In Arizona v. United States, the Supreme Court held that three of the four challenged provisions to Arizona’s “Support Our Law Enforcement and Safe Neighborhoods Act” were preempted. The Court reached this conclusion by focusing on the federal government’s supremacy in immigration enforcement. Ironically, the Court’s focus on federal supremacy undermines the executive branch’s central enforcement measure for obtaining custody of suspected immigration violators: immigration detainers.
The executive branch issues over a quarter million immigration detainers each year to state and local law officials. These detainers command state and local officials to hold a prisoner, who would otherwise be released, in custody awaiting pickup by federal immigration officials. This Article examines the immigration detainer program under the analytical framework provided by the Court’s Arizona decision. This Article proceeds by first describing the Arizona decision and its underlying analytical framework. It then analyzes immigration detainers within this framework, concluding that the federal immigration detainer regulation is ultra vires and raises substantial constitutional questions. Ultimately, this Article shows that the Arizona decision will have significant impact on immigration enforcement beyond the question of allocation of enforcement authority between the federal government and state and local governments.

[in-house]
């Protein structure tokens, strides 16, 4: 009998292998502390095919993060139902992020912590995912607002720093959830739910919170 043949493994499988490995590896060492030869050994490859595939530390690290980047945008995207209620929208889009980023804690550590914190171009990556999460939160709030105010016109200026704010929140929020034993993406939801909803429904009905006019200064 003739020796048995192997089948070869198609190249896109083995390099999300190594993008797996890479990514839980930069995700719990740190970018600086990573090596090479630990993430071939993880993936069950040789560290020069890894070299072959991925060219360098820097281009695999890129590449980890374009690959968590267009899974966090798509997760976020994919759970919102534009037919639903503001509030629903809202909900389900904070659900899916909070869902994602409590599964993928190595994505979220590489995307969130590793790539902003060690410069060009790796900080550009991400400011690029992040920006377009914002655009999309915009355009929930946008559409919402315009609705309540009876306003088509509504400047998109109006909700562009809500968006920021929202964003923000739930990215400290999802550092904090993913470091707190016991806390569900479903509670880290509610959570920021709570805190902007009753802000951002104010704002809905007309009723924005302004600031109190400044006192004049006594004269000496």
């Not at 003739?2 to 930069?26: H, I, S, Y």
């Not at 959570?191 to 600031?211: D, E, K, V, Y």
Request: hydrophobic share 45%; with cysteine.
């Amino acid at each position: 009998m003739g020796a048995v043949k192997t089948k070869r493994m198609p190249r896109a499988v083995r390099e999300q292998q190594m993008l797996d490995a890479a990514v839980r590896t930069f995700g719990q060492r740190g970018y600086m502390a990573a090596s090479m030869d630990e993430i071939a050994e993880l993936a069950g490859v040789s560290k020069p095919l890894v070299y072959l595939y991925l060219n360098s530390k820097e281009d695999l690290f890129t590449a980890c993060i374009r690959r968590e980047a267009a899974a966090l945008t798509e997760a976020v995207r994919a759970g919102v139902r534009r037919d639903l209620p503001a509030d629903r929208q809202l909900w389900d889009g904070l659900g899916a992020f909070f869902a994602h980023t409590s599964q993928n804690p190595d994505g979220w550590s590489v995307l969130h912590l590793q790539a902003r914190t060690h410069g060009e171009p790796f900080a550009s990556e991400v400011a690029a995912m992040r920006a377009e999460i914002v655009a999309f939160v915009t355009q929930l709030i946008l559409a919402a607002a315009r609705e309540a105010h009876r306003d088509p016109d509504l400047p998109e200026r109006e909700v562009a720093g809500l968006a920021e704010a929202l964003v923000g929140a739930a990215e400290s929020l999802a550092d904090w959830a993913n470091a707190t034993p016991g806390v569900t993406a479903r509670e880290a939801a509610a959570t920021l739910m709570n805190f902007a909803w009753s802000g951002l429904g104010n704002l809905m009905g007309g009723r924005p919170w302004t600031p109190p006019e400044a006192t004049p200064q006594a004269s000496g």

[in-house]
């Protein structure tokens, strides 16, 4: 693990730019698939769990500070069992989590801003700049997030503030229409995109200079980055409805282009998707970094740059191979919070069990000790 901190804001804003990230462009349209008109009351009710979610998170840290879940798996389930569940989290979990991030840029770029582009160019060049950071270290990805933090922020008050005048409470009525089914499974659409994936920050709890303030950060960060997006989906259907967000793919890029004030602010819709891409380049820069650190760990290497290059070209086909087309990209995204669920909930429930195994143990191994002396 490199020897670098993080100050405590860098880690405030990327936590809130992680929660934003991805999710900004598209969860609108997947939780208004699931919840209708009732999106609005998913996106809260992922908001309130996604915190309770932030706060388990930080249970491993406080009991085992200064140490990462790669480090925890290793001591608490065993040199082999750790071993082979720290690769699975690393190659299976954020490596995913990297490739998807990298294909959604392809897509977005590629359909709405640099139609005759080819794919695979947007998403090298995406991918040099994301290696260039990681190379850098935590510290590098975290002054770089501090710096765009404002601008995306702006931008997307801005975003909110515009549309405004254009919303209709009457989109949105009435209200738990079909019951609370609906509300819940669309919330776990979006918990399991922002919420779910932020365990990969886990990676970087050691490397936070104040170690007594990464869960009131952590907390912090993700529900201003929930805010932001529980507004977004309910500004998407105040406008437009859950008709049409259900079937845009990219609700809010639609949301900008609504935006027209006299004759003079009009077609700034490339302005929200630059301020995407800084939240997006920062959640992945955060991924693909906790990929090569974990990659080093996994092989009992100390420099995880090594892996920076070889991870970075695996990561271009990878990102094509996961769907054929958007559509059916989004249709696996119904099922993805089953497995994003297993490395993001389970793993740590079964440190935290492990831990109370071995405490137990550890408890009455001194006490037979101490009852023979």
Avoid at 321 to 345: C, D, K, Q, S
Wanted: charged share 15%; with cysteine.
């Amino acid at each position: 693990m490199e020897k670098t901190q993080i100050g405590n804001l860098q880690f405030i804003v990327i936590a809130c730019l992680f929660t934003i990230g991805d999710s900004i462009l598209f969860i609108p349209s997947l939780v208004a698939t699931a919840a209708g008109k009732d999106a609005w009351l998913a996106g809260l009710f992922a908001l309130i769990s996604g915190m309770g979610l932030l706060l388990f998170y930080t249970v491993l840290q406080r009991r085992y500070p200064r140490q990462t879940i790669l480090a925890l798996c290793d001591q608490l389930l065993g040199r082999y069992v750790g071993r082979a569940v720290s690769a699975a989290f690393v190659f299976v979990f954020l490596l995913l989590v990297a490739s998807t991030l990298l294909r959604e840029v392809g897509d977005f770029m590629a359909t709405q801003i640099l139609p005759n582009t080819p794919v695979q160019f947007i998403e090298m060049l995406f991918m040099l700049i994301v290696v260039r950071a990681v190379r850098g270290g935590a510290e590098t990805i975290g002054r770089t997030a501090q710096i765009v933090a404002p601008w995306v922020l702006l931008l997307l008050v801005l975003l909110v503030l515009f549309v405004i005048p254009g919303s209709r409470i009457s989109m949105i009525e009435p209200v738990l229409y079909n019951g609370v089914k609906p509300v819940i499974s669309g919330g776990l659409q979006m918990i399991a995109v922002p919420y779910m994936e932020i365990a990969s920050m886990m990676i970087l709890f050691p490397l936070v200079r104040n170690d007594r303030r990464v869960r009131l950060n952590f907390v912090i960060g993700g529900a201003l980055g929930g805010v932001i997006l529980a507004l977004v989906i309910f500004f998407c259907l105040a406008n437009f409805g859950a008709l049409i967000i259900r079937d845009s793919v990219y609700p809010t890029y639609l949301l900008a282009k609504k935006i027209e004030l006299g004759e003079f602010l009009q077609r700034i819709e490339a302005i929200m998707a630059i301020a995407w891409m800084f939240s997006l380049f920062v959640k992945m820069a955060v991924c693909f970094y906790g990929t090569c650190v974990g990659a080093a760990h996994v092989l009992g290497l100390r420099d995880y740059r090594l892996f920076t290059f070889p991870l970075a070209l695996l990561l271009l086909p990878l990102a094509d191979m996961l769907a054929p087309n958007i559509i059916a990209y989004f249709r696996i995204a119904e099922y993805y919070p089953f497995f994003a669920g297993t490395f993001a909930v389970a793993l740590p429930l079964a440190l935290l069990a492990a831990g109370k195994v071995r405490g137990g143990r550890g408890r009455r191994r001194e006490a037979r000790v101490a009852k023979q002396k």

Christopher N. Lasch,
Federal Immigration Detainers After Arizona v. United States,
46 Loy. L.A. L. Rev. 629
Available at: http://digitalcommons.lmu.edu/llr/vol46/iss2/25